I know about global warming. Trust me. I have heard a million times about how California will be underwater and that I may not live to have that great future that I am working so fervently towards in my youth. But as a young Latina and middle-class Midwesterner, I hadn't ever been forced to confront the destructive reality of climate change, not like the people whose houses were torn out of the ground and whose food supplies were decimated due to hurricanes, tropical storms, and things of the like.
Before this summer, global warming was a non-corporal, distant evil that was more something of my imagination than any reality I had to face. It wasn't until I was emailing my Tia that I realized the very real and imminent threat that our carbon emissions and energy sources are causing.
"Well, yeah, Cuba is hot," you might say, and I'd have to agree. But, hot is different, hot is something the Cuban people have been dealing with since the Islands first inhabitants. This is more than just hot, this is insufferable.
When I was planning on visiting my Tia and other family, she cautioned me that now, summer has extended. There was a large number of months when she said it would be too hot to visit because it's too hot to do anything. Especially in a country where air conditioning is for the well off and cold tile flooring is about as cooling as it gets for most, this is a serious issue.
In a country where many of the federal programs are broken, and much of the elderly population like my Great Aunt Angelita don't have proper care, the heat can be deadly. My 90-year-old aunt, sits in her chair in a warm room all day long, doing what she can to beat the heat but unable to go outside.
This issue extends beyond the elderly and is beginning to impact their society as a whole.
If this is what it's like when I'm 18, what will this world be like when I'm 28? What about 48? (If we even make it there?)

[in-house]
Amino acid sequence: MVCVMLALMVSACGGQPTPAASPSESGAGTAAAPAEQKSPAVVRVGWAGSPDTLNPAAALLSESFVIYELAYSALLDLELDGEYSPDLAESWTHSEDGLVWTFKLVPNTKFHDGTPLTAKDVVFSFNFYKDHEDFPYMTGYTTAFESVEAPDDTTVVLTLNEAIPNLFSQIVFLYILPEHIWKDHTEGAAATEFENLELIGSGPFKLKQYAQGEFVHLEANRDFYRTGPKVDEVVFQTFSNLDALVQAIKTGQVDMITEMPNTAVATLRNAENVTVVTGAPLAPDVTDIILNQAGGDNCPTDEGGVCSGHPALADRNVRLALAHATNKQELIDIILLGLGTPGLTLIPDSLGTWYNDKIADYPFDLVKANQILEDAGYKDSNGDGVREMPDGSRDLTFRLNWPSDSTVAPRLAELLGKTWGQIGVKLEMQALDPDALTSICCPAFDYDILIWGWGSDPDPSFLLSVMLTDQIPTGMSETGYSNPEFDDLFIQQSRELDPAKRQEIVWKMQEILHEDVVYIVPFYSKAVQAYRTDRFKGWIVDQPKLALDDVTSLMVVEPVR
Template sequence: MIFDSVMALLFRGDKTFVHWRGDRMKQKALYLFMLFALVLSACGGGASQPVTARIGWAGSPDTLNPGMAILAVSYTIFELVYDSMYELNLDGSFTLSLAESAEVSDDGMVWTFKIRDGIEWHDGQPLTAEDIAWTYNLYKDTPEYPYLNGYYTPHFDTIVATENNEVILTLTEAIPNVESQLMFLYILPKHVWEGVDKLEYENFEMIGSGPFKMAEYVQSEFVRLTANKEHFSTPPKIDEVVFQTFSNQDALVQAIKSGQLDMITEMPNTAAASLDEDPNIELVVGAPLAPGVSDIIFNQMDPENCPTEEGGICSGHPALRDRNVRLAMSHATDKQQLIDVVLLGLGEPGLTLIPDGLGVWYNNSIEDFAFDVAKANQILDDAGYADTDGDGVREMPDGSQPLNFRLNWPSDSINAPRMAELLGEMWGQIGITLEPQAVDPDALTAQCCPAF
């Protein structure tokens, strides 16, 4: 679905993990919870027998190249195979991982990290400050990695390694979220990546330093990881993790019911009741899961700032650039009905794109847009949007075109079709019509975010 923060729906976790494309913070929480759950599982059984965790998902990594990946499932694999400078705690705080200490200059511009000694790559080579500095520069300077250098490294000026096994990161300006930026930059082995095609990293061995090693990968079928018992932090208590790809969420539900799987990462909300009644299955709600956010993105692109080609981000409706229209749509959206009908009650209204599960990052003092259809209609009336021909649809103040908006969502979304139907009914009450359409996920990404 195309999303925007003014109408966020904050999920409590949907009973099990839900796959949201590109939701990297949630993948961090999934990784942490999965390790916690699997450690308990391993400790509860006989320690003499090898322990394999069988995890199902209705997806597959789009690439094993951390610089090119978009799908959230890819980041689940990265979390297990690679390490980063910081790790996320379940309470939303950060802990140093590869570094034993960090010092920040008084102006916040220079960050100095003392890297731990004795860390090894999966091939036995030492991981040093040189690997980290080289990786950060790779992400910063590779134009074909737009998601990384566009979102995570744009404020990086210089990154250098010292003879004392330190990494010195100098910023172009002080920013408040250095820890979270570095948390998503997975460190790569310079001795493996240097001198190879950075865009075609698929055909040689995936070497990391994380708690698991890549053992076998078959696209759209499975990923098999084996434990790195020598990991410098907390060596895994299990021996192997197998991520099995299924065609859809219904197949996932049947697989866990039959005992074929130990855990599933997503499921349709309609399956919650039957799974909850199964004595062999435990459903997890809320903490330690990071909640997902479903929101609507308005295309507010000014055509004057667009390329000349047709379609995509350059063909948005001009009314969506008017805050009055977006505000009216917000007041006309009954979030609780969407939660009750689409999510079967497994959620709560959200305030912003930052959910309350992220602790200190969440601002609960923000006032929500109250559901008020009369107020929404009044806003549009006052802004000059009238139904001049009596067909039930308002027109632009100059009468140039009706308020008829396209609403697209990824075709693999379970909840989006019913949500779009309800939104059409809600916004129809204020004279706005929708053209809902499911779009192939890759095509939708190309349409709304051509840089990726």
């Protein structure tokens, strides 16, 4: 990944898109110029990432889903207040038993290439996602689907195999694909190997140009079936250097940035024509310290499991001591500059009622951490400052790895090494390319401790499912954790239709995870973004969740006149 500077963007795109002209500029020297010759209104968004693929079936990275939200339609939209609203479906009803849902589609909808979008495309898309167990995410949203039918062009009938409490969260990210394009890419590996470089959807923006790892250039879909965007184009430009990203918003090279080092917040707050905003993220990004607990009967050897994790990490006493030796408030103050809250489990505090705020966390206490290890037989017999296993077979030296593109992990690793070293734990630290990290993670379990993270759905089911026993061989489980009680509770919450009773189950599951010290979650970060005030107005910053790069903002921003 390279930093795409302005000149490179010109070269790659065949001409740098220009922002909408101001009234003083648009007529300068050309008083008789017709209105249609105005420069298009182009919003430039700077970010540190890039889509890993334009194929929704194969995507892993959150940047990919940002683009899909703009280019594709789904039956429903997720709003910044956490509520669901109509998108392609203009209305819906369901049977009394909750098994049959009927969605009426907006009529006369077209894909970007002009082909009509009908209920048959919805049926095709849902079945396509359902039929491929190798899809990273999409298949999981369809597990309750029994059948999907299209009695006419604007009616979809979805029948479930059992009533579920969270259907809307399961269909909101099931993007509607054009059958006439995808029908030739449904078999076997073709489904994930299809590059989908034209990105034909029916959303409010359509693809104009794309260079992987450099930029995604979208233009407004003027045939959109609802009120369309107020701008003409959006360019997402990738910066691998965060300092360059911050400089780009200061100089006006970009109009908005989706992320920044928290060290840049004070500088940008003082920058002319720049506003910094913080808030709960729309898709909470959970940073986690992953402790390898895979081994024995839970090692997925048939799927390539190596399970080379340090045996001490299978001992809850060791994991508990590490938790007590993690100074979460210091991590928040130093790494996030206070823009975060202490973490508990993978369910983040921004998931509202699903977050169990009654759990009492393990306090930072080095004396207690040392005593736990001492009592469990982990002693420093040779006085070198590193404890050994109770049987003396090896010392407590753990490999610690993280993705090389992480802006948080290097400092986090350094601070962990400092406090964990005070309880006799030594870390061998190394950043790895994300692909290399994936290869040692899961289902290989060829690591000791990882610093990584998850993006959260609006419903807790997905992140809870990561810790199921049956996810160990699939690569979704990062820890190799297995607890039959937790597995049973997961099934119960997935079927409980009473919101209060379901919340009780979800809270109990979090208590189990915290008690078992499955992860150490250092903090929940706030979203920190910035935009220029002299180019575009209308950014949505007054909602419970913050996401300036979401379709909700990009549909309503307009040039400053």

The irony in all of this is that the Cuban people are not the ones emitting more CO2 than any other country, they aren't the ones ordering millions of packages per day from Amazon Prime, and they aren't the ones going through the Starbucks drive-thru every morning.
That's us. People in first world countries, with access to resources like the ones I listed abuse them, myself included. But our actions have consequences. I don't see how it's fair that my family and many like it should be suffering through natural disasters that they are unequipped to deal with or that the government refuses to help with (*cough*Puerto Rico*cough*) just so that I can have that new cheetah print top that will be cool for 20 minutes. It's not fair that families are struggling through heat stroke so that I don't have to get a book from the library down the street and can order it online instead.
I have been eco-friendly. I don't use plastic water bottles, I am conscious. Clearly, that isn't enough. Drastic times call for drastic changes. The world is deteriorating at an alarming rate and it's on us to make real sacrifices (RIP cute wardrobe) to stop these changes that are disproportionately affecting those without the recourses to do anything about it.
I love shopping but fast fashion and shipping are some of the largest single contributors to global climate change. Taking a couple months to try to thrift and re-buy as much as I can may not seem like a lot for most, but it's a big deal for me. It is also just the beginning.
So now I turn it to you, to help my family and others like them. Give something up, it might be hard, but you probably don't need it, and two-thirds of people in the world are probably surviving without it. It's time to take this seriously. If our generation doesn't care then who will?